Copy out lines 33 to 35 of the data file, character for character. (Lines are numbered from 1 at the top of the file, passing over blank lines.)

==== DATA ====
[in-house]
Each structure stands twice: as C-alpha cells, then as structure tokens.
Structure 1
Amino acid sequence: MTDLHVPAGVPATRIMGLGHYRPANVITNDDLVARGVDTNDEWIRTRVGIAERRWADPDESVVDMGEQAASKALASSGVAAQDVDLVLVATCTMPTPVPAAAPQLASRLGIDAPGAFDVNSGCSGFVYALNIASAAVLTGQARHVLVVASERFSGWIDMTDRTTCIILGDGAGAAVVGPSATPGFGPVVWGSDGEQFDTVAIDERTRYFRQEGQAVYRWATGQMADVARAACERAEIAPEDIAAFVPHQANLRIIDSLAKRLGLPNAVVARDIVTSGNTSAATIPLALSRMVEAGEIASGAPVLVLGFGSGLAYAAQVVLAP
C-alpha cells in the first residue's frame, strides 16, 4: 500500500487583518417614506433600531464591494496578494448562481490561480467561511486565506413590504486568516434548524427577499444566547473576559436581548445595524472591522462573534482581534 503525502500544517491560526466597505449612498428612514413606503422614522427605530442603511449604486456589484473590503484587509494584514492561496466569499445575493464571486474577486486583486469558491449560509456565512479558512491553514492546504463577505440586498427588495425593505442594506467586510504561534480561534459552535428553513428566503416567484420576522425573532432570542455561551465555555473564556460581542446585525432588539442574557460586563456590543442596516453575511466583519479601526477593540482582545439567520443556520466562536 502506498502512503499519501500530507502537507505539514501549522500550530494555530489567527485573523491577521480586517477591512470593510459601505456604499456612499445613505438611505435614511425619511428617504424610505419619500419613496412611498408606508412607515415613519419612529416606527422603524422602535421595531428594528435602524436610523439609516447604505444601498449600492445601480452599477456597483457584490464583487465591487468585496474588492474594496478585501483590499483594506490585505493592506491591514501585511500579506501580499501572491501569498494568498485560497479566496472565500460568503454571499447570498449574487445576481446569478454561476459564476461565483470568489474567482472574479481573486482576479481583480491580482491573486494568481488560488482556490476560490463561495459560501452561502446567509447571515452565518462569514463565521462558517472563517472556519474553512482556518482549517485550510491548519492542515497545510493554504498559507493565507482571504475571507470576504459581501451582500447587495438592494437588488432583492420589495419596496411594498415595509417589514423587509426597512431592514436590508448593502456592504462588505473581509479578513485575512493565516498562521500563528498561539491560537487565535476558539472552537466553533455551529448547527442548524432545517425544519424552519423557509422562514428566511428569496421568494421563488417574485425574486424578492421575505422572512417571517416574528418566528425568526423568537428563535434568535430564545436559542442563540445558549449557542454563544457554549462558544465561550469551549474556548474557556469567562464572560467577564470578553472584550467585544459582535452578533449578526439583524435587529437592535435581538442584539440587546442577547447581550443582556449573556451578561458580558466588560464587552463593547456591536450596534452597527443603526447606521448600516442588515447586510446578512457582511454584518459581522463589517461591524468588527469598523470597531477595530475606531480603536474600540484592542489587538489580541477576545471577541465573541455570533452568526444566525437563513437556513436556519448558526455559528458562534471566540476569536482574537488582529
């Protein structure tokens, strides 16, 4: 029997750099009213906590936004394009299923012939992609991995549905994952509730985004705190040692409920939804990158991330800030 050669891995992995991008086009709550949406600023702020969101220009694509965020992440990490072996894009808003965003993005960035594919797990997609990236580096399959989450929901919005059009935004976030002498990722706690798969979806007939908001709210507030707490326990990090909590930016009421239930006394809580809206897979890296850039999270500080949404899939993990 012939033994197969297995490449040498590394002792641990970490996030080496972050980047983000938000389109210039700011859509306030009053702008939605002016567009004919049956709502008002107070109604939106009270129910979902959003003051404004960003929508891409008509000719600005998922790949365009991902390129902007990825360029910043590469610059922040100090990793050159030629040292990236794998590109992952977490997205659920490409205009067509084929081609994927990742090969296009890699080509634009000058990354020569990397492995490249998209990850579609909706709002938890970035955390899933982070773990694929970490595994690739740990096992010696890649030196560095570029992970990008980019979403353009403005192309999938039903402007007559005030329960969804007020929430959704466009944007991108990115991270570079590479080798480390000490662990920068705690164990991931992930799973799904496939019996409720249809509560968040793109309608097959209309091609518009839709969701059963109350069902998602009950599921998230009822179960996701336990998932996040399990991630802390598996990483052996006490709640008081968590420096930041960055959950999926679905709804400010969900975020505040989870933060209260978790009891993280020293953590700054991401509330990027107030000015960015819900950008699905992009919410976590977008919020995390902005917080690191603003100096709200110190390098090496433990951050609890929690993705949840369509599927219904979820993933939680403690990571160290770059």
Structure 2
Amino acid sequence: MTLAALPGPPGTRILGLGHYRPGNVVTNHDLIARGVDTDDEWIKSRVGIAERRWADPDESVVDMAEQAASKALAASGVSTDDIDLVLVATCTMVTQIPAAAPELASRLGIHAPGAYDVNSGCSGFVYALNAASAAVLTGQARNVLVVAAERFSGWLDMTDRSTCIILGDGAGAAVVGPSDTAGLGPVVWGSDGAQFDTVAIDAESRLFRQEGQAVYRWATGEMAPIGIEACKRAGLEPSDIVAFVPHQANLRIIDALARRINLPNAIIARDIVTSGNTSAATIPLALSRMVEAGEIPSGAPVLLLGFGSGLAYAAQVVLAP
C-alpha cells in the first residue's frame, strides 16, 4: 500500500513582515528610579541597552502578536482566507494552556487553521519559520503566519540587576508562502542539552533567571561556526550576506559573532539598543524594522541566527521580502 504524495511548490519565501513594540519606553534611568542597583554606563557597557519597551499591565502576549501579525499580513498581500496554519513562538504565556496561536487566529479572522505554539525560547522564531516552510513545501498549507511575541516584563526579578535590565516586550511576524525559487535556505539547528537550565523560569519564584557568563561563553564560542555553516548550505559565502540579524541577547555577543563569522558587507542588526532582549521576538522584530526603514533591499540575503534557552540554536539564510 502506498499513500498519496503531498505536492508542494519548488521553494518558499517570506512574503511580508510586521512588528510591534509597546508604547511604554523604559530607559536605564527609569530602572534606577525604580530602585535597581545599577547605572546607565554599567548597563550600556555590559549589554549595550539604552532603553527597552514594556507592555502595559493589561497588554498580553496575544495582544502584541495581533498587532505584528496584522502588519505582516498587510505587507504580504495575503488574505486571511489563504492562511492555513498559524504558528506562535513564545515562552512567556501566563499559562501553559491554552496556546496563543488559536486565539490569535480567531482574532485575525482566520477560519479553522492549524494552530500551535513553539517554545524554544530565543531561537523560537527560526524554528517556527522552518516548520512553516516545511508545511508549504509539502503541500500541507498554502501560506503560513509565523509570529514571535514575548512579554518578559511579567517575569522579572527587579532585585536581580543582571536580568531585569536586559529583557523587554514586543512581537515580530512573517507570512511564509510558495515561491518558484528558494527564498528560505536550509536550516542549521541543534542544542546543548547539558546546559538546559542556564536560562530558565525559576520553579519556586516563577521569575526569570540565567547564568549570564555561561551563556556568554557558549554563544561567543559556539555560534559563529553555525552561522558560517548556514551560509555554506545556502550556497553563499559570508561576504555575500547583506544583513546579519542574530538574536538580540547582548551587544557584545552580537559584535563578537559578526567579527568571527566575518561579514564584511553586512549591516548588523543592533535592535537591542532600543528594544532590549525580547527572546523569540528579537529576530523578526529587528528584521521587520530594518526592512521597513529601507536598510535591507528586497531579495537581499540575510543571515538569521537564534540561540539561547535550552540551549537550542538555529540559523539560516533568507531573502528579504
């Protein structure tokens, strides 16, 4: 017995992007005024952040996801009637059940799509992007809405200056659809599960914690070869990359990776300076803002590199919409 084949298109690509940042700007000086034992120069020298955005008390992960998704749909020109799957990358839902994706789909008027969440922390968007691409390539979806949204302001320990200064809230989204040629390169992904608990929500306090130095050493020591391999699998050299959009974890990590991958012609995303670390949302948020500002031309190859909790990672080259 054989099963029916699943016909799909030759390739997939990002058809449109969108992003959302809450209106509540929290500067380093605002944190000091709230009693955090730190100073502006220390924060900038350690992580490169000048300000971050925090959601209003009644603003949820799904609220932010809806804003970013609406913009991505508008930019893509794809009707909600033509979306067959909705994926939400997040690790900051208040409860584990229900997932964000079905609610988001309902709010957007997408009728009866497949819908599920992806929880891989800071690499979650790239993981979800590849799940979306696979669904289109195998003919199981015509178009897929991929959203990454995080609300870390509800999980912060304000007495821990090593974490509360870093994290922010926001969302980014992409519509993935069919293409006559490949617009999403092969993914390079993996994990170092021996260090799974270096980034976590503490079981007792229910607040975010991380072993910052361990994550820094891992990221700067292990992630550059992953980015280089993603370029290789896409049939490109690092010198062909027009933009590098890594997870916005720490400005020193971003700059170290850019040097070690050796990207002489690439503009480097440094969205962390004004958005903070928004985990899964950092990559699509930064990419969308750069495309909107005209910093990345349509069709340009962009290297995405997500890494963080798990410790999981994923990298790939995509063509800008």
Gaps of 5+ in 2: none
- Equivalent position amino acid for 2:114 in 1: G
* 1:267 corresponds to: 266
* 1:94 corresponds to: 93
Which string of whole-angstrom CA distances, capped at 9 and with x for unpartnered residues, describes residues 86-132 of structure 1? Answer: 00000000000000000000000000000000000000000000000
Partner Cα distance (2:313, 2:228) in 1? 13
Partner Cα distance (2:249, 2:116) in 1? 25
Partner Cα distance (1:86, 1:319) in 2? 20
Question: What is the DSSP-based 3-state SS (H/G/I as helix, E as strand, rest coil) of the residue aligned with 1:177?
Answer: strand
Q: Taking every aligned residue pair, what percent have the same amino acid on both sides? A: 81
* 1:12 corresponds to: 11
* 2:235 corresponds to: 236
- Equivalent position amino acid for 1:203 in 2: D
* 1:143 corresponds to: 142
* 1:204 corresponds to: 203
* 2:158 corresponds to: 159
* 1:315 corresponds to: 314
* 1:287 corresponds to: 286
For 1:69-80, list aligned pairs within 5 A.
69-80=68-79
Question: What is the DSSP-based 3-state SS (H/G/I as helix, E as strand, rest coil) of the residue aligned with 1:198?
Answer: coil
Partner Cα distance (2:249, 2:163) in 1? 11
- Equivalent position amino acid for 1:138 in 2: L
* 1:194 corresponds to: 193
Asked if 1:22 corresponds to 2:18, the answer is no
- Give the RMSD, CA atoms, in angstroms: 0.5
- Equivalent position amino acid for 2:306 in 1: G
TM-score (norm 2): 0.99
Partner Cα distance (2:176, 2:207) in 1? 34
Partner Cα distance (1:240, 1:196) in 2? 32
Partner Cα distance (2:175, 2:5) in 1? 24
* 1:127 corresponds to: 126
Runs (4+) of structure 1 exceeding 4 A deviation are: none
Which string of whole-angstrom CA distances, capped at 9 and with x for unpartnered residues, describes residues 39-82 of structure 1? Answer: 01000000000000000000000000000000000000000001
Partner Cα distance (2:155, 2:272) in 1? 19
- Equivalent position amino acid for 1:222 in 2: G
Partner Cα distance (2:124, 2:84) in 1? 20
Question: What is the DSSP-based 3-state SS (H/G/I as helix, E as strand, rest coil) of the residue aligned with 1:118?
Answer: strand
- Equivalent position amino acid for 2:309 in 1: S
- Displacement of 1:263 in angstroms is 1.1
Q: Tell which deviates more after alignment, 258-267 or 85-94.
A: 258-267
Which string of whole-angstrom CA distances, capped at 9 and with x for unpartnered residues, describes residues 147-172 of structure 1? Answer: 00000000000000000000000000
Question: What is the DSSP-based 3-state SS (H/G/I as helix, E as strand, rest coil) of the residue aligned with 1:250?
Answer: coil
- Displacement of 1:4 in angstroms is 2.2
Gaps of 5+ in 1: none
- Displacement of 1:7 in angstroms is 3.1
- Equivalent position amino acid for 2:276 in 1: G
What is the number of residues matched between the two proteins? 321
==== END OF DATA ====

Answer: coil
Partner Cα distance (2:249, 2:163) in 1? 11
- Equivalent position amino acid for 1:138 in 2: L